For the past year and a half, a Palestinian grandfather living in East Jerusalem has been trying to obtain resident status for his three grandchildren, who were all born in East Jerusalem and suffer from mental disabilities. The three live with the grandfather, who is their guardian, but don’t have resident status in Israel because their father is dead and their mother lives in the West Bank.
After a year and a half - including 11 reminders sent to the Israeli Interior Ministry’s Population and Immigration Authority on te grandfather's behalf, two weeks ago, the Authority answered, asking a ministry appeals tribunal to reject the family's appeal. The rejection is not on the merits, but because of the intolerable workload at the ministry’s East Jerusalem office. The family’s case, which is being handled by the HaMoked Center for the Defense of the Individual, is not an isolated one.
Many families have filed similar appeals to force decisions on requests that have bogged down due to the office’s heavy caseload. The Population Authority has taken the same stance in dozens of other similar cases for family unification and resident status for Palestinian children in East Jerusalem.
Lacking Israeli identity cards
Each year about 600 family unification requests are made to the ministry’s population registry office in East Jerusalem. In most cases, one of the spouses reside in the West Bank or in Jordan and are seeking permission to live with their spouse in Israel or are requesting permanent resident status for children.
After the 1967 Six-Day War, in which Israel captured East Jerusalem and effectively annexed it, the Israeli government gave Palestinian residents of East Jerusalem permanent resident status and social welfare benefits, including medical care in Israel.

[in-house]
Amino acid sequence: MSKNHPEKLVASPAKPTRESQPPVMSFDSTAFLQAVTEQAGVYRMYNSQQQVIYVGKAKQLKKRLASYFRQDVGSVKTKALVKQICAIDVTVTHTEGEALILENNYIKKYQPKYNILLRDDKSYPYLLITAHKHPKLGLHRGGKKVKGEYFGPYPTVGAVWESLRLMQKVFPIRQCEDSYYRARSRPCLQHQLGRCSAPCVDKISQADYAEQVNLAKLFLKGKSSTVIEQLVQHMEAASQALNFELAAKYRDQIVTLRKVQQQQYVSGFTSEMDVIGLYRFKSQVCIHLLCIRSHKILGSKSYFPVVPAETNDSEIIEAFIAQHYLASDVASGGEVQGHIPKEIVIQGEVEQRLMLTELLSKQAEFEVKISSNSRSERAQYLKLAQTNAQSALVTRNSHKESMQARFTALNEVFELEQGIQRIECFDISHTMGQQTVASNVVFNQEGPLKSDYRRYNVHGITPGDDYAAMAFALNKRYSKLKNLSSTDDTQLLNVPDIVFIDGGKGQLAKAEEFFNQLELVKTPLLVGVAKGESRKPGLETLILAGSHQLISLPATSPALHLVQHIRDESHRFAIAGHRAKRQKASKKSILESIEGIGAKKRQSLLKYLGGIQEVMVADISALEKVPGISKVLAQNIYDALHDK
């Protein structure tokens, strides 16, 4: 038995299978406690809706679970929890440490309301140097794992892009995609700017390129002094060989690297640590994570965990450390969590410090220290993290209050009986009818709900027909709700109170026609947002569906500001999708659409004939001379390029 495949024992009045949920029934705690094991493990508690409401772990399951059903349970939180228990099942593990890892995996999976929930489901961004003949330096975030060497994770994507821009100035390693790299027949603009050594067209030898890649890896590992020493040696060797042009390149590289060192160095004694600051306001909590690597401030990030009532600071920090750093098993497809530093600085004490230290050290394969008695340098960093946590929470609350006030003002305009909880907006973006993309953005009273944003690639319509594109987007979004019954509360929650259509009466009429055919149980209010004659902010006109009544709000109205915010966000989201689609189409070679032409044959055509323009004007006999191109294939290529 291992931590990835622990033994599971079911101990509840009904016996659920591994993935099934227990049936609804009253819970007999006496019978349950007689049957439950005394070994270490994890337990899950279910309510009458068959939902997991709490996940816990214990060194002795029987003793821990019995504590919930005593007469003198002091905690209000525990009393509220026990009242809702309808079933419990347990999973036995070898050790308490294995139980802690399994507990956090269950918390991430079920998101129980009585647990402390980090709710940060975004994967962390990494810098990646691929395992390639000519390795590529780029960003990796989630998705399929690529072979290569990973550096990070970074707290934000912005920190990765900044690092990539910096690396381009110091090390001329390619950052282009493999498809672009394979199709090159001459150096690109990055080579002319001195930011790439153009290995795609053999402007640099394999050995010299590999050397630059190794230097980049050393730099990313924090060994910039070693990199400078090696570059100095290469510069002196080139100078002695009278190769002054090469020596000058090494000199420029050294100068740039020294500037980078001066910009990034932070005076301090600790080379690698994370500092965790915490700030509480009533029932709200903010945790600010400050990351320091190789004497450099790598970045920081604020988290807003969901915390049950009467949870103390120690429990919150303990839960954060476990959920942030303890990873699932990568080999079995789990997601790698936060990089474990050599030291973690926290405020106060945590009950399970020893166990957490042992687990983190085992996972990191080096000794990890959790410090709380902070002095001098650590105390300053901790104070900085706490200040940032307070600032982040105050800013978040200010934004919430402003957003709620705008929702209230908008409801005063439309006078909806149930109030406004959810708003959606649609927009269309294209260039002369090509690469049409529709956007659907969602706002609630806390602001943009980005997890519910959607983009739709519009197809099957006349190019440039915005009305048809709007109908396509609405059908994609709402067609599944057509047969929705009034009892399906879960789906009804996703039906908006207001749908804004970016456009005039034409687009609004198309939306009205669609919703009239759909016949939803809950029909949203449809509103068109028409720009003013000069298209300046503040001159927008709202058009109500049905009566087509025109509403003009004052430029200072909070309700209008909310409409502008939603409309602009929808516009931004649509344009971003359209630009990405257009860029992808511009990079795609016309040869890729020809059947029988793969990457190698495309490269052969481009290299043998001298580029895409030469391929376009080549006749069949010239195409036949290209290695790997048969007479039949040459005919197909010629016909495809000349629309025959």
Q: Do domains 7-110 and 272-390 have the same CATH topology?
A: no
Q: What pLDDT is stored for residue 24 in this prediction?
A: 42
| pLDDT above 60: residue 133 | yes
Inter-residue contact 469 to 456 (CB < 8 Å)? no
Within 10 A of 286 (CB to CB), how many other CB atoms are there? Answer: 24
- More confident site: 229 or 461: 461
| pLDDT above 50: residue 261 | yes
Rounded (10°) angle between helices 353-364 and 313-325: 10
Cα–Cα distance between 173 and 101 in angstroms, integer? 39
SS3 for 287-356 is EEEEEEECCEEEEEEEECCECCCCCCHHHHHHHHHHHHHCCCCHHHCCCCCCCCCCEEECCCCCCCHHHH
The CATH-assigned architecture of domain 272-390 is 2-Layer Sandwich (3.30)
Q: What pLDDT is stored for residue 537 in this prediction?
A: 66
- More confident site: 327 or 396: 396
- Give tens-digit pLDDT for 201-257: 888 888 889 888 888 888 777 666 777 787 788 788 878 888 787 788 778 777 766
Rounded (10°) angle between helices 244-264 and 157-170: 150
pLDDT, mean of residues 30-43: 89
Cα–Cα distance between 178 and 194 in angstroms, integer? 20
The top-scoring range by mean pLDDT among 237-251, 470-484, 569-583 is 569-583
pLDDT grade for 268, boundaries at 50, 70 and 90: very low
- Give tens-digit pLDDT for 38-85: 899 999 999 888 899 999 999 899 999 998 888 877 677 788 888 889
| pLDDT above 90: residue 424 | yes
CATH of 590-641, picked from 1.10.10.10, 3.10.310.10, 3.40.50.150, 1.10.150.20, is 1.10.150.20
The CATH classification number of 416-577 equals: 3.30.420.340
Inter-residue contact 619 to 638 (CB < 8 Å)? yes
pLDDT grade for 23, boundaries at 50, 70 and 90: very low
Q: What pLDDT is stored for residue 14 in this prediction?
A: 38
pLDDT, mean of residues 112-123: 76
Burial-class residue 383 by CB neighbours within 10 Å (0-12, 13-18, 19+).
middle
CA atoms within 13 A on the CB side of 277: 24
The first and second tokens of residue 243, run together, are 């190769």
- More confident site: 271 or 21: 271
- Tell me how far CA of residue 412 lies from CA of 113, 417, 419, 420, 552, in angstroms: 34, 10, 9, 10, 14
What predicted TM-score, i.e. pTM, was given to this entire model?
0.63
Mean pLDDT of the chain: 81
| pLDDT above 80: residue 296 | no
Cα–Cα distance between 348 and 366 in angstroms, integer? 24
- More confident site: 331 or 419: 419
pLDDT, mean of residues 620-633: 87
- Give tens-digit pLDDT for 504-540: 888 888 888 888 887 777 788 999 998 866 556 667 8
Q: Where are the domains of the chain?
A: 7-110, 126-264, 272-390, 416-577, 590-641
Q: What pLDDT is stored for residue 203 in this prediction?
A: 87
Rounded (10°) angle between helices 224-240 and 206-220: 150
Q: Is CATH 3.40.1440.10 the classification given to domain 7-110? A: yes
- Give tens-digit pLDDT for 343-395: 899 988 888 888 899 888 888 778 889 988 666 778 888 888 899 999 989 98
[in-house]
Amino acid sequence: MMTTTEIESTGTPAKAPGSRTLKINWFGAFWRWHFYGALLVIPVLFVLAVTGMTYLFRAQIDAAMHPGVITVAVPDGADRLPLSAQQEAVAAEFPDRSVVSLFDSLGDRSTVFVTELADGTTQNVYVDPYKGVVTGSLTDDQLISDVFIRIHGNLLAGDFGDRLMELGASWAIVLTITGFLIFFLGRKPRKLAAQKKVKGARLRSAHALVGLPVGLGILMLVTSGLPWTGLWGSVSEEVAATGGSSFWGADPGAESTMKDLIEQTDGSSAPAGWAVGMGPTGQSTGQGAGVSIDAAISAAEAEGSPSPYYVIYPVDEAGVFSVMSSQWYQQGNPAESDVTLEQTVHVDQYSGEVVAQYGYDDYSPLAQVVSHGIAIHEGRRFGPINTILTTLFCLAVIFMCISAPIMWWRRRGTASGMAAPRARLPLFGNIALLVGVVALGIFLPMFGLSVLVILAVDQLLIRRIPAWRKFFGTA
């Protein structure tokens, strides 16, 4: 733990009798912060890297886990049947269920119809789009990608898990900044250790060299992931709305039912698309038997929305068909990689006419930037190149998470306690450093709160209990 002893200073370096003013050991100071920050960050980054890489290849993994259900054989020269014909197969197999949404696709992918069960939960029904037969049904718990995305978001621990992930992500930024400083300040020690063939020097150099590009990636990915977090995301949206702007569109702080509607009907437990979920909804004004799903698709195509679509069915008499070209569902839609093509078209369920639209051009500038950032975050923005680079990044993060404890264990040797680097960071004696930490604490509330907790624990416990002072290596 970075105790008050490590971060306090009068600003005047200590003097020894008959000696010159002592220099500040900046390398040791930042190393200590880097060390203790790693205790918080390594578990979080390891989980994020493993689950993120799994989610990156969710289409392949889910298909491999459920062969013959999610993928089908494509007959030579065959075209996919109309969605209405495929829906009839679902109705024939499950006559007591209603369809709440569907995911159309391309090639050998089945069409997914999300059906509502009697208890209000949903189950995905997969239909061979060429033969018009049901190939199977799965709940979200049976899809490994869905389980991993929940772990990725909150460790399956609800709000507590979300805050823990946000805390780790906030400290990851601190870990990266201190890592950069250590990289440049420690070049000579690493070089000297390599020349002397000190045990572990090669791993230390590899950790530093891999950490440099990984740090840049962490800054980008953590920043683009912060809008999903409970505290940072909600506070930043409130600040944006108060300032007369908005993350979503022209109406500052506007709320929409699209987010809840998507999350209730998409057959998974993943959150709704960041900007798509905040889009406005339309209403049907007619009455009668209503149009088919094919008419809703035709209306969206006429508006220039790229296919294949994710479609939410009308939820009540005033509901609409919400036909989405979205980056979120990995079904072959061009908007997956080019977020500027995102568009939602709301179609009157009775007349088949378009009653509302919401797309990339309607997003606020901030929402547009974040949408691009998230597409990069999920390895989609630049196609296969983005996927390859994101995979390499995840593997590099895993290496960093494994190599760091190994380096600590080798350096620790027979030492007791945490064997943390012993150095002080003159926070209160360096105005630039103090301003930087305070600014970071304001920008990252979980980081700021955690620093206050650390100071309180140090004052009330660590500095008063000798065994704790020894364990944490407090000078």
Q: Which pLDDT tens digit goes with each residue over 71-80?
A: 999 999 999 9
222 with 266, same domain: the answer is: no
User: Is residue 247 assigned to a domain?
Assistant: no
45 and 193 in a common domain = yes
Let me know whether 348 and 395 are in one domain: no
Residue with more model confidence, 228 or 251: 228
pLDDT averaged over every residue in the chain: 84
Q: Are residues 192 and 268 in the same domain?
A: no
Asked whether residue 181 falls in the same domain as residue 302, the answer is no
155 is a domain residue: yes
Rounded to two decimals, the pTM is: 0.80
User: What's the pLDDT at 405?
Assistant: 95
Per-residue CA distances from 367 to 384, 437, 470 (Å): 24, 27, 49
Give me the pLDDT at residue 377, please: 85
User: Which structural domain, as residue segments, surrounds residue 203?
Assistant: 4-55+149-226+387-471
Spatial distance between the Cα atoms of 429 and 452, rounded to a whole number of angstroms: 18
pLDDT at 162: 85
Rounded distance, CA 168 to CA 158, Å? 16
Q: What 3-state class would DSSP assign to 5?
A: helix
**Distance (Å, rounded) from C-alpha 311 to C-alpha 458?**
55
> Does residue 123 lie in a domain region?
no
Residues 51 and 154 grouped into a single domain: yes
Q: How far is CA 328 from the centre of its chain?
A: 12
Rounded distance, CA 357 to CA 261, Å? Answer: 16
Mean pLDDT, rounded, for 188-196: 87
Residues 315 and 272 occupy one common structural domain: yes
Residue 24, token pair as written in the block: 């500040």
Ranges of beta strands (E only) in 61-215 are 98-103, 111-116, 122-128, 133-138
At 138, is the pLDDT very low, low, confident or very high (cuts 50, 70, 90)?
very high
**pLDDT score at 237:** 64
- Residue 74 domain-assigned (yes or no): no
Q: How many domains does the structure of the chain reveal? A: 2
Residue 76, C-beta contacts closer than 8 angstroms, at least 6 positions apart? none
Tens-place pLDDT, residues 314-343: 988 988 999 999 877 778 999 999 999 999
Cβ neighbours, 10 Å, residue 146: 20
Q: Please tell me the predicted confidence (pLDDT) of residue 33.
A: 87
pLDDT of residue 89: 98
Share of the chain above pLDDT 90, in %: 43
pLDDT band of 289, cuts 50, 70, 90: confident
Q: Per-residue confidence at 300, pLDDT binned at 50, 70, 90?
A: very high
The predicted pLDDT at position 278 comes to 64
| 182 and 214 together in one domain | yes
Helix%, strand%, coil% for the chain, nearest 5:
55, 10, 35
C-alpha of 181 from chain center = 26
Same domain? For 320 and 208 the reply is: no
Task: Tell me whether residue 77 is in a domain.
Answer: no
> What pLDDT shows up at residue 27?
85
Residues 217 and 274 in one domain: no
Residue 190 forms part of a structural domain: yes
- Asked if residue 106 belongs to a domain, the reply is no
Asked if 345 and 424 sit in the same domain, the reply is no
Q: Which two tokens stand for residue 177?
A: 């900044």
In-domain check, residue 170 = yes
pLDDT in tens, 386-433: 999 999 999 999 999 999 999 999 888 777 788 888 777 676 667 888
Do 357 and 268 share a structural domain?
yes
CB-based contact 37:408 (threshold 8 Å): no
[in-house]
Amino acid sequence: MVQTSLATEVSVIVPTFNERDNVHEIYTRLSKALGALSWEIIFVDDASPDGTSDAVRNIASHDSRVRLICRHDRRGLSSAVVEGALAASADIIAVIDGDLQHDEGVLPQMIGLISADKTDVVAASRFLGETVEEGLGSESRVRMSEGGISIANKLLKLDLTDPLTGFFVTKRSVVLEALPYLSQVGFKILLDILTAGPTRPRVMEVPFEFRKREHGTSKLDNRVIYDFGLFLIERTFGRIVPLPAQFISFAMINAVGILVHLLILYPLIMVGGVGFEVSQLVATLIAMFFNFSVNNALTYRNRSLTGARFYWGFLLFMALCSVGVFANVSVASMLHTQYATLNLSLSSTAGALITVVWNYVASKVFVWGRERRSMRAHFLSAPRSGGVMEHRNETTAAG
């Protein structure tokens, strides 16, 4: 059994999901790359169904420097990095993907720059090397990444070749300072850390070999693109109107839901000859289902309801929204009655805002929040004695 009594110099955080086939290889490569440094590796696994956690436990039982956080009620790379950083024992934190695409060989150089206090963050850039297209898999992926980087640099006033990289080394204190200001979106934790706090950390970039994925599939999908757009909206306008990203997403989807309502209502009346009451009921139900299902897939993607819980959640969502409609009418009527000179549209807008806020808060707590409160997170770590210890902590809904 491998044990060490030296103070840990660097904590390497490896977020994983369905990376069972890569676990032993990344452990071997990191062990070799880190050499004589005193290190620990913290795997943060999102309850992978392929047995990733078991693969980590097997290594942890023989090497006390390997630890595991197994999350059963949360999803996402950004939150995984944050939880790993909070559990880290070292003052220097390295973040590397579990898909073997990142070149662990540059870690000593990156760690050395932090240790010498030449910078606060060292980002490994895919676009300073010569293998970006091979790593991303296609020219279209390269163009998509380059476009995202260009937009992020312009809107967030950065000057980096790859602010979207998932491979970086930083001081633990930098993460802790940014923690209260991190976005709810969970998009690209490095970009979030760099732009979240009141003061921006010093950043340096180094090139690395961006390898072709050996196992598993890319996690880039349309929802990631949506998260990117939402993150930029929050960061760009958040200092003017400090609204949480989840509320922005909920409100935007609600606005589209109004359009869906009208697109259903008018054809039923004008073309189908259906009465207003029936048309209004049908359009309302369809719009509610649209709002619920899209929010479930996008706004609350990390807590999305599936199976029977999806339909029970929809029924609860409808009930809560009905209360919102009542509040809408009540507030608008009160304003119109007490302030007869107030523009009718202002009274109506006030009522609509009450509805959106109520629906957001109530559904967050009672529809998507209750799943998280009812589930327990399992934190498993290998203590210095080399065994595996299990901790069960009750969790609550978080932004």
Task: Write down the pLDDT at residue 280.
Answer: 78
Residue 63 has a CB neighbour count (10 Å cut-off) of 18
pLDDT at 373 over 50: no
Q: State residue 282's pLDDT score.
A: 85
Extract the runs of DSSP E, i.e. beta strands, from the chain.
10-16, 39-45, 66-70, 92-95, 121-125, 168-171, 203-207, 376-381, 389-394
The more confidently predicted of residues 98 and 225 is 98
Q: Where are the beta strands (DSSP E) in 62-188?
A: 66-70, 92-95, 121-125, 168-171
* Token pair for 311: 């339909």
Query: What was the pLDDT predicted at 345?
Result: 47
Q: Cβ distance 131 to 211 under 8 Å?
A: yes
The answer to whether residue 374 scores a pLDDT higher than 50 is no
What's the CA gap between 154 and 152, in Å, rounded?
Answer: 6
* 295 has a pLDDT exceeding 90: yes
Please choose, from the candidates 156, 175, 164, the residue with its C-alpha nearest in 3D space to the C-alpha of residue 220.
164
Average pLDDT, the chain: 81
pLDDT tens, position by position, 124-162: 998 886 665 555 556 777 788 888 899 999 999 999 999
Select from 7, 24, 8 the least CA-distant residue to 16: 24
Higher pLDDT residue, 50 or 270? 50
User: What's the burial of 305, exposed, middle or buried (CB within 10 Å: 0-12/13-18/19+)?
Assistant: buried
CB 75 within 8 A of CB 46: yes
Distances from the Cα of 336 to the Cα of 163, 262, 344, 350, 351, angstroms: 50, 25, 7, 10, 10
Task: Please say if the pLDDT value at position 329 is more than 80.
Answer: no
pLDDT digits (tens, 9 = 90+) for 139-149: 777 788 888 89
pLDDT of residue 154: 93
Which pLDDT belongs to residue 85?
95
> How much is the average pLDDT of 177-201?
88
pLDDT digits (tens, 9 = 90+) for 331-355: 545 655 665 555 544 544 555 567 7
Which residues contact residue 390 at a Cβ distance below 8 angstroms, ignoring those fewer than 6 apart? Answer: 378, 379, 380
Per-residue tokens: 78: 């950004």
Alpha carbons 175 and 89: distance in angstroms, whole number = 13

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But requests to the Interior Ministry for approval for family reunification or permanent resident status can take months or even years to be processed and include verification that the families do in fact live in Jerusalem and that the marriages involved are not fictitious or marriages of convenience. The process also includes a security investigation by the police and the Shin Bet security service.
The protracted delays have caused difficulties for hundreds of families. Hundreds of children living in East Jerusalem don’t have medical coverage because they don’t have Israeli identity cards. Some parents encounter difficulties enrolling them for school, and older children are afraid of being alone on the street for fear of being picked up by police for lack of documentation. Some families are also forced to live apart until they get their answer.
Filing an appeal to expedite the process
Because of the delays, many Palestinians try to obtain relief from the appellate tribunal through lawyers or human rights organizations, to force the Population Authority to respond. Most appeals are filed between six months to a year after the initial request was made.
In its response to the appeal filed by the Palestinian grandfather, the Population Authority said its East Jerusalem office serves the 300,000 people living in the east of the city and provides a range of services. The authority said it has hired the services of an outside consultant firm to help it deal with the workload and has submitted a proposed time line that would include handling of all requests by the end of this year that were filed by the end of 2017.
For its part, HaMoked said the authority’s policies would add to the suffering of applicants, lengthen the wait times and deprive residents of East Jerusalem access to the courts. The group stated that authority’s operations haven’t been properly run for years and that the chaos at the East Jerusalem office is widely known.
“Now it has gone one step further. After inflicting damage to the basic level of service that anybody contacting the administrative authority is entitled to receive, it has actually announced that the intolerable situation will last for years more,” Hamoked wrote.
The population authority said in response: “The tribunal has been presented with a plan to deal in principle with the matter that has been raised by the appeals, and the court is therefore being asked to provide us with the possibility of dealing with the cases in the context of the plan.”